Why “Building Microservices” Is the Most Important Book You’ll Read This Year
Microservices are one of the development world's hottest topics. Check out why you should read Sam Newman's "Building Microservices" book, and what's so important about it.
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It is impossible to have escaped the hype surrounding microservices in the last year or so. The idea is simple and not a new one; monoliths are bad and should be broken up into small, intercommunicating chunks. This makes them much easier to build, design and maintain as well as reason about. This isn’t far from what was promised to the world with Service Oriented Architecture which went down in flames several years ago. Perhaps, for this reason, you’re a skeptic, or perhaps you’re just waiting for the patterns to mature. On the ***Technology curve chart*** it can seem from places like Twitter that microservices are now heading down the curve again.
If you have even the slightest interest in what all this microservices hubbub is about I implore you to read Building Microservices by Sam Newman. Sam is a well-known Thoughtworker who already has a number of great titles under his beltand can be seen often on the conference circuit. It’s safe to say the guy has got credentials, having worked across a variety of companies and teams for years implementing microservices. He has ploughed all of that knowledge into this book and has created the definitive microservices bible.
It’s important to note up front that this is an enjoyable read. Sam has an affable manner in his writing that makes it sound like he’s in the room with you having a chat. This should not be confused with it being a lightweight book, however. It really does cover everything you need to know.
I must admit I was intrigued to know how a book like this would work. It’s entirely language agnostic, so if you’re looking for a guide on how to build microservices specifically in your language then you’re out of luck. What this book does is go into vast detail about the realities of building and maintaining a microservices application. As many bandwagon jumpers have discovered it’s not as simple as writing tiny processes.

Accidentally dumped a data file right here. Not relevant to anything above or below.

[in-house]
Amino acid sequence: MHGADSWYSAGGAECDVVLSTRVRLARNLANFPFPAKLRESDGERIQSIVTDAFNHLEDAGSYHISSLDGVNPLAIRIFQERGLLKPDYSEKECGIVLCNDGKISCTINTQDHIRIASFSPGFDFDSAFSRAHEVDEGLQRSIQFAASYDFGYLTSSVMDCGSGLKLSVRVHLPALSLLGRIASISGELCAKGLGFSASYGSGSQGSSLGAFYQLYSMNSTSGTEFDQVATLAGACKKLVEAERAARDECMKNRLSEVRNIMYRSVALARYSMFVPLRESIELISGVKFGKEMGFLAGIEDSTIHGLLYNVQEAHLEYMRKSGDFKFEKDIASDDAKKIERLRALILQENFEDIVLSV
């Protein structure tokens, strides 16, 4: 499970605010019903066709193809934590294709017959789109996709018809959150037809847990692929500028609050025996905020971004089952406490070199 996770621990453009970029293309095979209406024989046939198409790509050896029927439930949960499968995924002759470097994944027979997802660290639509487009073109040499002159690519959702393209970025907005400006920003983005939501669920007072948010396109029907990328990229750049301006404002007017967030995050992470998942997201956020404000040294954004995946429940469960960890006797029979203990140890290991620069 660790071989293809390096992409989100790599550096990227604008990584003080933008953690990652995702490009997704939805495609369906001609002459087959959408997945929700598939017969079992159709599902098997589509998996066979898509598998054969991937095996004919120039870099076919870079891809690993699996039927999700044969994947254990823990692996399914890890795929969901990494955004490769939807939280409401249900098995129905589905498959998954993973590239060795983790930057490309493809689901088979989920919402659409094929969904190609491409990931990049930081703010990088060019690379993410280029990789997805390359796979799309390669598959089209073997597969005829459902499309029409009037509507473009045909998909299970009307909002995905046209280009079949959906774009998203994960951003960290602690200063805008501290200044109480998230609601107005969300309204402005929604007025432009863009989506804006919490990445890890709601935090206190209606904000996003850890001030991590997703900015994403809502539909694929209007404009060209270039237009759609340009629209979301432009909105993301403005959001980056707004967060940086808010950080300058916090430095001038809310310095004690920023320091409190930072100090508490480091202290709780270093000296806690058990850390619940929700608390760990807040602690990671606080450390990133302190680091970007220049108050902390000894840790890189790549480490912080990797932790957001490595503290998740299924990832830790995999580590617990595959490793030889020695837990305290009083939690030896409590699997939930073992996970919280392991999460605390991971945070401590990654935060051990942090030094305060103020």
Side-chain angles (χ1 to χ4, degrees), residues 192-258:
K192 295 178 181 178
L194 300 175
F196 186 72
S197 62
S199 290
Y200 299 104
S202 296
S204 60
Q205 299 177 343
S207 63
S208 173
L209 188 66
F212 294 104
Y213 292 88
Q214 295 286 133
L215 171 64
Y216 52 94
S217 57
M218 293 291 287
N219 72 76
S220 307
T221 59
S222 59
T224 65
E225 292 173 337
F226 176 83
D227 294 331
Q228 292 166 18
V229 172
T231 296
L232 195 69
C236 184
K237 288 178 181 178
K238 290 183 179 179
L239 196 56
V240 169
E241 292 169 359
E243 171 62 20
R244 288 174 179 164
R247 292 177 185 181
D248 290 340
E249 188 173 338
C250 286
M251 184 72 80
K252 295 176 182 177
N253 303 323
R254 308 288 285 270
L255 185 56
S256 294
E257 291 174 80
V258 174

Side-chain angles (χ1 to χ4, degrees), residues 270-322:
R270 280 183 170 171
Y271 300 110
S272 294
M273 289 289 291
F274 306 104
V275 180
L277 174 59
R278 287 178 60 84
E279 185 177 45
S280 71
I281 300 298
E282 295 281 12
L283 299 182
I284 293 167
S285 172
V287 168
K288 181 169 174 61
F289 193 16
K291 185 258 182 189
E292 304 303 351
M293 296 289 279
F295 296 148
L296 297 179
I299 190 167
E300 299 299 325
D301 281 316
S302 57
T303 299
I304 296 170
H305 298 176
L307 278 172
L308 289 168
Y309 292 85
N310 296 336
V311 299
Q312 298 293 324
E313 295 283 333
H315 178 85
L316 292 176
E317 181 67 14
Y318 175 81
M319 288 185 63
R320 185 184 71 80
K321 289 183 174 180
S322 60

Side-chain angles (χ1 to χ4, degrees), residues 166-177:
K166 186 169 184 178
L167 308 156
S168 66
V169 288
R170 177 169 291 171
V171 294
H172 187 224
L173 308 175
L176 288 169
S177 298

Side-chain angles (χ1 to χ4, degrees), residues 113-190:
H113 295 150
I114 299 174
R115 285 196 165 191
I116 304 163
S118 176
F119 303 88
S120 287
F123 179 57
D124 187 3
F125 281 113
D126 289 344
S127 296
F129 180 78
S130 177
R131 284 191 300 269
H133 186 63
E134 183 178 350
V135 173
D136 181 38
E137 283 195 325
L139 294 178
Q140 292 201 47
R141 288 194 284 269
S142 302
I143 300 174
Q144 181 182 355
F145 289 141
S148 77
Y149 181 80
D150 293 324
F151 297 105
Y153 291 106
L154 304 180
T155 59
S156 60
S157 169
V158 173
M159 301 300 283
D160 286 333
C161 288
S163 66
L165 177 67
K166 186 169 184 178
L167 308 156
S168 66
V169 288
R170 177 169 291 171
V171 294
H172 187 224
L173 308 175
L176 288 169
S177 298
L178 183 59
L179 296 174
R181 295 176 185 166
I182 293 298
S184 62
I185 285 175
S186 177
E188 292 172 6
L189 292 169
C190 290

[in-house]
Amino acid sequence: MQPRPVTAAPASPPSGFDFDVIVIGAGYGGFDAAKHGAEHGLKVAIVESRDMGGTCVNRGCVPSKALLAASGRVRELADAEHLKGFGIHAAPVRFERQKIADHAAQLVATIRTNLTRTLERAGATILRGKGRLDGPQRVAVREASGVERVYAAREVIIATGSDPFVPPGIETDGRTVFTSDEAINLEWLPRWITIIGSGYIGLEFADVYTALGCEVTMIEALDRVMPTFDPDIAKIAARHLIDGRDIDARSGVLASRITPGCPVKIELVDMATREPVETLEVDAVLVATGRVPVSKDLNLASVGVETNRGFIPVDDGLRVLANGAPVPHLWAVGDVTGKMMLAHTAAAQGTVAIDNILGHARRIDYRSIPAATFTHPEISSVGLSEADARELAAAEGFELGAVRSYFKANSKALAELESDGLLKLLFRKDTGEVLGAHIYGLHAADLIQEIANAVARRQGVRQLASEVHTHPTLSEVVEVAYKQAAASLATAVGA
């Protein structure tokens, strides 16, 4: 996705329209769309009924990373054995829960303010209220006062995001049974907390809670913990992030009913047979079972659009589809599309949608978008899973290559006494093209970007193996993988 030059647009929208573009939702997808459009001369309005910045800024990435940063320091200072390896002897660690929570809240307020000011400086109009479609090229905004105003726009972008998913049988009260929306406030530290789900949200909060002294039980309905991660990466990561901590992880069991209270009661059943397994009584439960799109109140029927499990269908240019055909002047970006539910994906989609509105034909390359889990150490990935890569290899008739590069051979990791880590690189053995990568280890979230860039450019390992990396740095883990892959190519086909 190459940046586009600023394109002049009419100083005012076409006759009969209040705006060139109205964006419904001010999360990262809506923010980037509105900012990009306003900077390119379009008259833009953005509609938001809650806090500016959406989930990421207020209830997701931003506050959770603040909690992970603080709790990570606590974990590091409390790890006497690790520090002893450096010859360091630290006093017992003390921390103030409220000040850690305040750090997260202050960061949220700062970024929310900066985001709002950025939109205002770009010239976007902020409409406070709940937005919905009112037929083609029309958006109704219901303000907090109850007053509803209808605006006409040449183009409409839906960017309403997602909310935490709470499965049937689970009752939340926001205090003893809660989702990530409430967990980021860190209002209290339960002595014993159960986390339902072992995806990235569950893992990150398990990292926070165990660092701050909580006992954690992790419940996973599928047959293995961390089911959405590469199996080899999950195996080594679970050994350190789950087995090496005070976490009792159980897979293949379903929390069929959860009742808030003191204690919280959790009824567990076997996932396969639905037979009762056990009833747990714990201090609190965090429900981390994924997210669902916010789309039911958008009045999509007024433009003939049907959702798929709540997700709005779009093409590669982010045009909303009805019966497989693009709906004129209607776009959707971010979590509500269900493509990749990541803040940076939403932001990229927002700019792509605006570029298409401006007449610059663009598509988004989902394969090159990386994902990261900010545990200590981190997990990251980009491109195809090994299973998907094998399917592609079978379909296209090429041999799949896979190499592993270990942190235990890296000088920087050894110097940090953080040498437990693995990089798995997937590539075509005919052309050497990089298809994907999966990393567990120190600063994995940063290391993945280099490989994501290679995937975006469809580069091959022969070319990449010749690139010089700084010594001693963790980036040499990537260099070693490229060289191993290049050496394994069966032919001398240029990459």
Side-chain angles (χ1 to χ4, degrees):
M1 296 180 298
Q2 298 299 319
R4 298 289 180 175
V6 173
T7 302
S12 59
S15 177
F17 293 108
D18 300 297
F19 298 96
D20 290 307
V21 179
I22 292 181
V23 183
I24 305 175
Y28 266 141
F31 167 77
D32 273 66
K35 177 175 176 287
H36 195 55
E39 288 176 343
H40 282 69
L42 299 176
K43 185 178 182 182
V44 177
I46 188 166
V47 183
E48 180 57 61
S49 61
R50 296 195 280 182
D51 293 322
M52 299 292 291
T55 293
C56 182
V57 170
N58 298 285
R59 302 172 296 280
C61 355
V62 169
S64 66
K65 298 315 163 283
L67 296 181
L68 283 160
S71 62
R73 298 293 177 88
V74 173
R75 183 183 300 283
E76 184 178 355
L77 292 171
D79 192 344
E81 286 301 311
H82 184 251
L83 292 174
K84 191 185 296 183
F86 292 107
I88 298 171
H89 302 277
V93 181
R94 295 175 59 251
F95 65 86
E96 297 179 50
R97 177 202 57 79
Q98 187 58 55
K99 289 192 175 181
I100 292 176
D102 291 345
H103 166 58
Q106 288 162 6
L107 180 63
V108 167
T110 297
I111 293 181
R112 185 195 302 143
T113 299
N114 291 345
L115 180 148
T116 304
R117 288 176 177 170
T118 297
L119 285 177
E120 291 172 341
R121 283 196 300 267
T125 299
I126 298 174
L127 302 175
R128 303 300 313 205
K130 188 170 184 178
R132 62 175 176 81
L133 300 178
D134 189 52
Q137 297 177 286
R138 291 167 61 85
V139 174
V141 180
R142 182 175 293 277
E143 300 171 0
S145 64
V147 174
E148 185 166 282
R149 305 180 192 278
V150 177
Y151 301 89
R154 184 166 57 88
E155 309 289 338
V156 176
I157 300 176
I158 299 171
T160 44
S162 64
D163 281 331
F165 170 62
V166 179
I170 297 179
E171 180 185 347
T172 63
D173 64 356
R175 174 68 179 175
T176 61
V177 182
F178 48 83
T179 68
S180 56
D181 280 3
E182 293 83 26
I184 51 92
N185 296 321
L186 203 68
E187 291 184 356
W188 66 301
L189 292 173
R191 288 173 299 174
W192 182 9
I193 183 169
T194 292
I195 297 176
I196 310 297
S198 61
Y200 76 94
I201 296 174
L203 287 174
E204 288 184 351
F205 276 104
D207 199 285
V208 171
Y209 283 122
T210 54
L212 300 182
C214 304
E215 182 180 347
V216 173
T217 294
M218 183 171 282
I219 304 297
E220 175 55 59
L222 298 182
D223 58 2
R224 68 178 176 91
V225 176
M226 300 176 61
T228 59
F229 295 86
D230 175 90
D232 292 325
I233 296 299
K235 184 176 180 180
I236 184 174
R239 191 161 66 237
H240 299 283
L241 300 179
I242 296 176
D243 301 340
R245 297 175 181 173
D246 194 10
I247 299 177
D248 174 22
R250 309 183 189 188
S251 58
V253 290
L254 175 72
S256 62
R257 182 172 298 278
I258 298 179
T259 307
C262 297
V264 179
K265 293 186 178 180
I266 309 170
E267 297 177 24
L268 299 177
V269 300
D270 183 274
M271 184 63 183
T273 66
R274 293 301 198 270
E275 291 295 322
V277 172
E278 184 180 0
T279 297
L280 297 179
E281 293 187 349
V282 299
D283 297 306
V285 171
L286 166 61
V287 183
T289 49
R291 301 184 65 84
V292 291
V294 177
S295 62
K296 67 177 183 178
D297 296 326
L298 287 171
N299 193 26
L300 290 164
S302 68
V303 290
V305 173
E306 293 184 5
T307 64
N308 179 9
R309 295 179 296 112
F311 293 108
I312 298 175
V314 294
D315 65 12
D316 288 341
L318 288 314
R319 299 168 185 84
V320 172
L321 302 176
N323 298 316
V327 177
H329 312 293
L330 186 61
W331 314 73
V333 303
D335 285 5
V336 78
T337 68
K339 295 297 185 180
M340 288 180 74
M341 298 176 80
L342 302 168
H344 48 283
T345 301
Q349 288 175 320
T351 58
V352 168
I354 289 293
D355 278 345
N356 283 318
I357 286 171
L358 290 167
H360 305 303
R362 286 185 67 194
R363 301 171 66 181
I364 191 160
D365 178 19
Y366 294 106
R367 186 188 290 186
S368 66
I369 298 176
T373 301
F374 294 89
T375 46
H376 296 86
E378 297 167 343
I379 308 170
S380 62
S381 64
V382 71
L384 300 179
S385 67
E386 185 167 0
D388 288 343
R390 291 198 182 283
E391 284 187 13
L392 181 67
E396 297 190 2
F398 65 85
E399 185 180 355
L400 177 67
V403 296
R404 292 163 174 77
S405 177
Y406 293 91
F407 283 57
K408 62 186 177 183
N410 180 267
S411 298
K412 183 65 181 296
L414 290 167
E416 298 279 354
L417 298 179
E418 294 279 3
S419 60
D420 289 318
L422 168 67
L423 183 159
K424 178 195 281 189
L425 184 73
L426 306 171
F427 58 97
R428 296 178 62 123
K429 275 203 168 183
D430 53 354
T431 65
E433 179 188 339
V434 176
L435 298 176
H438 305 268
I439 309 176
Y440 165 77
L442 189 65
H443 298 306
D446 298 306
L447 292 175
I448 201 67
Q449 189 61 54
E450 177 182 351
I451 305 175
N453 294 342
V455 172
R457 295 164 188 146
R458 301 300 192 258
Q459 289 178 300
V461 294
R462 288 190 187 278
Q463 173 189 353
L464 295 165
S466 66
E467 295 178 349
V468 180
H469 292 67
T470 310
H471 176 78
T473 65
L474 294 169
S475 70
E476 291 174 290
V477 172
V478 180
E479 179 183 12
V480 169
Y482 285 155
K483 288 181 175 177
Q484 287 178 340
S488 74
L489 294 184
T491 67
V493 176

There are so many concerns that need to be addressed before you dive into this new world which I believe Building Microservices covers in great details and can be used as a guiding document even before you write a line of code. For example, it’s important to understand what protocols will be used for a user to service communication as well as service to service. How will you do authentication? Will a UI have to go to all the services individually over multiple calls? These are all incredibly important and difficult questions. Fortunately, Sam has seeming tried them all and openly shares the results in the book.
One of the most important takeaways from the book is surprising: don’t build microservices. The book goes into much greater detail than covered by [Martin Fowlers]() post to the same intent. Microservices are hard to design, specifically where the service boundaries are in an application. Trying to guess up front is a bad idea- if you’re wrong (and there’s a strong chance you will be) then the cost of reorganising your service boundaries is going to be high, much higher than starting with a monolith and then decomposing it later. If you’re already working on a monolith then you’re likely in the position you can start shaving off parts of your application already. Fortunately, strategies for this are covered as well.
The other big elephant in the room from my personal experience has been monitoring and support. Particularly in large organisations with separate support functions and centralised monitoring, a lot of teams seem to ignore support as part of the move to microservices when in reality it is one of the most important areas that needs to change. One cannot simply move from a monolithic service to 100 separate ones and hope the rest of the organisation will come along for the ride. Training and practice are required, as well as new software in many cases. Again this is covered thoroughly in the book and should be treated as the de-facto guide to anyone making the jump.
This is a genuinely impressive book that I feel will become one of the classics like “Clean Code.” It goes into an incredible amount of detail and is immensely practical, all whilst remaining a thoroughly entertaining read. Highly recommended.
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